Stephen Ulrich and his jazz/rock noir band Big Lazy will take up residency at the renowned Brooklyn joint Barbes starting in a couple short days and there seems like no better reason to take a second glance at the 2014 gem of a record that slipped below our radar here at Popdose, that comeback kid LP, the group’s first outing since 2006, Don’t Cross Myrtle.

All you really need to know about Myrtle is that it’s the trio’s best record to date and that’s saying a goddamn lot. But better sounding than ”Skinless, Boneless?” More killer than ”Tel Aviv Taxi?” Hu-f**in-zzah.

The entire thing, like the group’s whole twisted back catalog, is a story of intersections: the intersection of rockabilly and icy-smooth menthol smoke, the intersection of surf music and David Lynch films, that of jazz and beatnik composition, that of big-sky country possibilities and film-noir endings. It’s all in there for the picking. Dive right in.

Album-opener ”Minor Problem,” with its vaguely Afro-Cuban grooves and lurching upright bass, is menacing, the evil twin to Tom Waits’ epic Rain Dogs offering ”Jockey Full of Bourbon,” if an instrumental one were ever needed. ”Human Sacrifice” is pure, tube-riding Surfaris adrenaline, but not without a little postmodern guitar noodling thrown in to astonishing effect. Closer ”Lunch Lady” is a drunken Reverend Horton Heat, slowed down below 33 and a third, with all of the afterward regrets cranked up to ten. ”Black Sheep” is an unexpected Bill Frisell-style romance. ”Avenue X” is jazz oblique trying to fight its way out of an urban jungle. Then there’s that smoking SRV-style solo in the title track. It rolls on and on and on ….

Part of the reason we have not received a continuous stream of such sonic treats is Ulrich himself. The band’s primary songwriter and most long-standing member went on a hiatus of sorts to become the composer for the quirky TV series Bored To Death. Aside for providing that show with a breath of fresh urban (and urbane) air, the time there served him well, lending his songwriting chops a more refined kind of pictographic shorthand. That’s not to say Amnesia or New Everything or other previous recordings weren’t amazing. (How could you?!) It just takes him less time to get to his destinations now. There’s less fat on the bone and that’s a joy for anyone hungering for more meat in their instrumental narrations. In short: Myrtle serves.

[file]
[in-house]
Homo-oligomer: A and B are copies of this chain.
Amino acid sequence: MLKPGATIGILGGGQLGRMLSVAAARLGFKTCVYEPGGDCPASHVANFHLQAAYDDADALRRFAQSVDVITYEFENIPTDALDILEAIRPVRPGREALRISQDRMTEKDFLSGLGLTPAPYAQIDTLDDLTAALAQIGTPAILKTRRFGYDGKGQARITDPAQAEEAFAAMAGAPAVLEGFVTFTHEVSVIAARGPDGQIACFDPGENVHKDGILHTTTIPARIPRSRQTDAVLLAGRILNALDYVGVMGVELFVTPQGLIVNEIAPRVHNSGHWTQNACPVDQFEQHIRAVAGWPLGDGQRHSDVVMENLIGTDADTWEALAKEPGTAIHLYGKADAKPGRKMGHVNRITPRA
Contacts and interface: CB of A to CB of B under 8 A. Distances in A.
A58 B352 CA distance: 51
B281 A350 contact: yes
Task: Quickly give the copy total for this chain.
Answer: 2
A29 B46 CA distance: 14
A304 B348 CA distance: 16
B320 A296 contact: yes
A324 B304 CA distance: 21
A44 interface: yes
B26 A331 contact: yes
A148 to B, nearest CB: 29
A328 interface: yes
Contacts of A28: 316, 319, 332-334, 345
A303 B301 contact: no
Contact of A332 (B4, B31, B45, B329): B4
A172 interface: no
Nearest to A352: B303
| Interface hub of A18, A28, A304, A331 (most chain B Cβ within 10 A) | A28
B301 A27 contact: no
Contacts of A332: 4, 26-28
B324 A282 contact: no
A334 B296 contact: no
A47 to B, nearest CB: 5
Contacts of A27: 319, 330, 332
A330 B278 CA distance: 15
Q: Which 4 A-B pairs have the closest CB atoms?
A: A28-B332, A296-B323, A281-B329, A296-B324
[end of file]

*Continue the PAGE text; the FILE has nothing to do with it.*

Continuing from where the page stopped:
It’s an easy way to summarize, sure, sure, but there’s just not a bad song on the 12-track disc, each offering another noir-ish and pinpoint-precise dream-glance at what people outside NYC envision places like Brooklyn and the heart of Gotham to be. Ulrich is without a doubt one of the city’s finest guitar-slingers and his technique here is without reproach, even bordering on the magical. It takes more than a clever pedal to pull off these tricks. And it takes more than practice for a band to sound this committed to its material. So, there it is. Prescription for all those in the NYC sphere? Follow the LINK to Barbes!

About the Author

Justin Vellucci

Justin Vellucci is a former staffer at Punk Planet and Delusions of Adequacy. His music writing has appeared in national magazines like American Songwriter and PopMatters, alt-weeklies such as Brooklyn Rail, Pittsburgh CityPaper, and San Diego CityBeat, blogs Swordfish and Linoleum, and the Gannett publication Jetty. He lives in Pittsburgh.

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